|Title:||Testing an E-Government Web Site|
|Speaker:||Harry M. Sneed|
|Affiliation:|| Anecon GmbH, Vienna, Austria
Universities of Budapest, Passau & Regensburg
This keynote deals with the problem of testing web sites where the code is not available. The website in question was an E-Government website of the state of Saxony in eastern Germany. The keynote describes the experience of the author in extracting test cases from natural language specifications, generating testdata for relational databases from the database schemas and generating XML/WSDL requests from the interface descriptions. The test included testing the web pages in dialog mode as well as testing the web services in batch mode.
About the speaker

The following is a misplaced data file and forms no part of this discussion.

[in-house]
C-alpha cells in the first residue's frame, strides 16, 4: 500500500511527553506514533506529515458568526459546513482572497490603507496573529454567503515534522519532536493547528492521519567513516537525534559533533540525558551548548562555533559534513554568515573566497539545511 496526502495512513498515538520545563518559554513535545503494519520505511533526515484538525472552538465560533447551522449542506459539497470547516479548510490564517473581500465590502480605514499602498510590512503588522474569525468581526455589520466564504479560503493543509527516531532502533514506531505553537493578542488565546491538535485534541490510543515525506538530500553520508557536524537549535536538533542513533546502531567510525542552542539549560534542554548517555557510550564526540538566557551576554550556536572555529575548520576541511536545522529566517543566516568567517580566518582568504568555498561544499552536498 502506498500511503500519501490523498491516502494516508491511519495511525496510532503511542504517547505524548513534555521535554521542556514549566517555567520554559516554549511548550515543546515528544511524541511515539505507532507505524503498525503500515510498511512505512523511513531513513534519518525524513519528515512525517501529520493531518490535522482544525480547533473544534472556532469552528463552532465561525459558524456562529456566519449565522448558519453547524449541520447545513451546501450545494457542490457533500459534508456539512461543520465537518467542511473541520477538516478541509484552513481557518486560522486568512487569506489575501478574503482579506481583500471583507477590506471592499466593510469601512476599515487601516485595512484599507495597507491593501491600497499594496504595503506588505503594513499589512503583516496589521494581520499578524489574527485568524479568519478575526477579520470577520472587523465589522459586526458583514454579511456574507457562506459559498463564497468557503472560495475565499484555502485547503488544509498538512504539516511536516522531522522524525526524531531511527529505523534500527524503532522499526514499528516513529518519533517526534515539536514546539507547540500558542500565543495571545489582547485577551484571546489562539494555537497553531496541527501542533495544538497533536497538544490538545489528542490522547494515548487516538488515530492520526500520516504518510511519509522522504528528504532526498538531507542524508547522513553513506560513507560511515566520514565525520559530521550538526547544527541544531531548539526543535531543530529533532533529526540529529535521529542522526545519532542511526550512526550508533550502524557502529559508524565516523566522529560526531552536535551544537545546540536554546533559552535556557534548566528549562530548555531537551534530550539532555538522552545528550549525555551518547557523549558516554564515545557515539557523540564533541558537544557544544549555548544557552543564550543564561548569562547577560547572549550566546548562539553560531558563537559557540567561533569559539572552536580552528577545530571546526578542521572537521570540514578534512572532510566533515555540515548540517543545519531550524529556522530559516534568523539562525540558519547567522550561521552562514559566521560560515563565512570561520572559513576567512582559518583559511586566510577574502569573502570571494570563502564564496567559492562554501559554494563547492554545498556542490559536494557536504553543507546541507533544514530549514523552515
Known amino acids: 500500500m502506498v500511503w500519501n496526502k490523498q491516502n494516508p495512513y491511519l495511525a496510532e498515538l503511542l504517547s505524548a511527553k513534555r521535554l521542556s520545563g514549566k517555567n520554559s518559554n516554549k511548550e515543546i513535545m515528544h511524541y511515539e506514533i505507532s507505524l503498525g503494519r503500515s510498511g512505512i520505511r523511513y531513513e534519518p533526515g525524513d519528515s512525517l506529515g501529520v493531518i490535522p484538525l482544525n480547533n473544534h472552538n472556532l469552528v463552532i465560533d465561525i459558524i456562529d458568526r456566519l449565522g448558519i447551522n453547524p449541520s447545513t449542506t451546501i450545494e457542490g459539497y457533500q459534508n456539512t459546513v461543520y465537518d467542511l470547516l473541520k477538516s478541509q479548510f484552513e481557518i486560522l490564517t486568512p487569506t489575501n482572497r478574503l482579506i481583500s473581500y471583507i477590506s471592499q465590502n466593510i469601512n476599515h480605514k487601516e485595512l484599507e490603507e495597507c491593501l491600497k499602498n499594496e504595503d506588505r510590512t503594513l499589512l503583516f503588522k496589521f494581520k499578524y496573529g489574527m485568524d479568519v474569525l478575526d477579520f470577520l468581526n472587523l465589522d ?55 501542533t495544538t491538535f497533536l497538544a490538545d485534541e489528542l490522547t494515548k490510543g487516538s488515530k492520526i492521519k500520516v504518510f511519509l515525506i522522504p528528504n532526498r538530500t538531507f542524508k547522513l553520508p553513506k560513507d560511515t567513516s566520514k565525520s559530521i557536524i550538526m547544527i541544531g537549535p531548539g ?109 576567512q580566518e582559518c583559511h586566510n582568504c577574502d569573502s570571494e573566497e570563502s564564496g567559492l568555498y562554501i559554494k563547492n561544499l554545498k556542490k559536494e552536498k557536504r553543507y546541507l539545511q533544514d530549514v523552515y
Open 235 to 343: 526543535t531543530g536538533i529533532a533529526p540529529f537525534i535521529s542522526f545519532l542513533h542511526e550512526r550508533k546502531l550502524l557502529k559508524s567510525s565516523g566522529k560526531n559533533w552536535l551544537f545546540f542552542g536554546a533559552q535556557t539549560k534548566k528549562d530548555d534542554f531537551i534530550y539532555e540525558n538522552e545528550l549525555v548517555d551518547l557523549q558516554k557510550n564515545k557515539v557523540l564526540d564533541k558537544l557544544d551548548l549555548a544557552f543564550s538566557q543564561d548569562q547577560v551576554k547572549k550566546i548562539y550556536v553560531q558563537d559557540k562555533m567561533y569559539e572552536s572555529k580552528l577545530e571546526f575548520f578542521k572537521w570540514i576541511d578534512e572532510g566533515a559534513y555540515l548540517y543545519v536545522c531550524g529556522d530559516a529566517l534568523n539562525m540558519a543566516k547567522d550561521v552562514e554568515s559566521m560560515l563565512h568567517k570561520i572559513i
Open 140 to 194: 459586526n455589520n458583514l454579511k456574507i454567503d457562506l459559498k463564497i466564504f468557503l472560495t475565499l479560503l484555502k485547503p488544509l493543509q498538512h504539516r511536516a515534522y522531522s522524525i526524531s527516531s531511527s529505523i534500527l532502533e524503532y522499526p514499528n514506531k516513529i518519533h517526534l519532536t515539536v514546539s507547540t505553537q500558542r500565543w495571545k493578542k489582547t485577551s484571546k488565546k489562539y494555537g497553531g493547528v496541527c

Harry M. Sneed received a Masters Degree in Information Sciences from the University of Maryland in 1969. After working 3 years for the U.S. Navy as a programmer/analyst, he migrated to Germany and worked for Siemens as a systems programmer, a reengineer and a project leader in the field of database technology. In 1978. he left Siemens to found a software test laboratory with the SZAMOK and SZKI institutes in Budapest, Hungary. He later directed a software tool development laboratory there until the end of the socialist regime. During this time he developed tools for all phases of the software life cycle from the requirements analysis through design and code generation, source analysis, module and integration testing to maintenance and reverse engineering. The tools were used by some of Germany's leading corporations as well as in Hungary and the Soviet Union. Following the collapse of the socialist system, Sneed migrated to Switzerland and worked for the Swiss banks as a reenginneering project leader until 1996. During this period he developed several tools for software reverse and reengineering. In 1996 he returned to Germany to work in various projects as a software wrapping expert. In 1998, he left Germany again to work in Austria as a tester and quality assurance agent in a large scale standard software project - the GEOS project. In 2003, he lost his job there and was unemployed for a while. Since November of 2003 he has been working as a systems tester for the AneCon GmbH in Vienna, where he has participated until now in four different projects. Sneed has written 15 books on various fields of software engineering. He has also published more than 200 technicle articles in English and German. Since the year 2000, he has been teaching at the Universities of Koblenz and Regensburg in Germany, Budapest and Szeged in Hungary, and Benevento in Italy as a part time lecturer.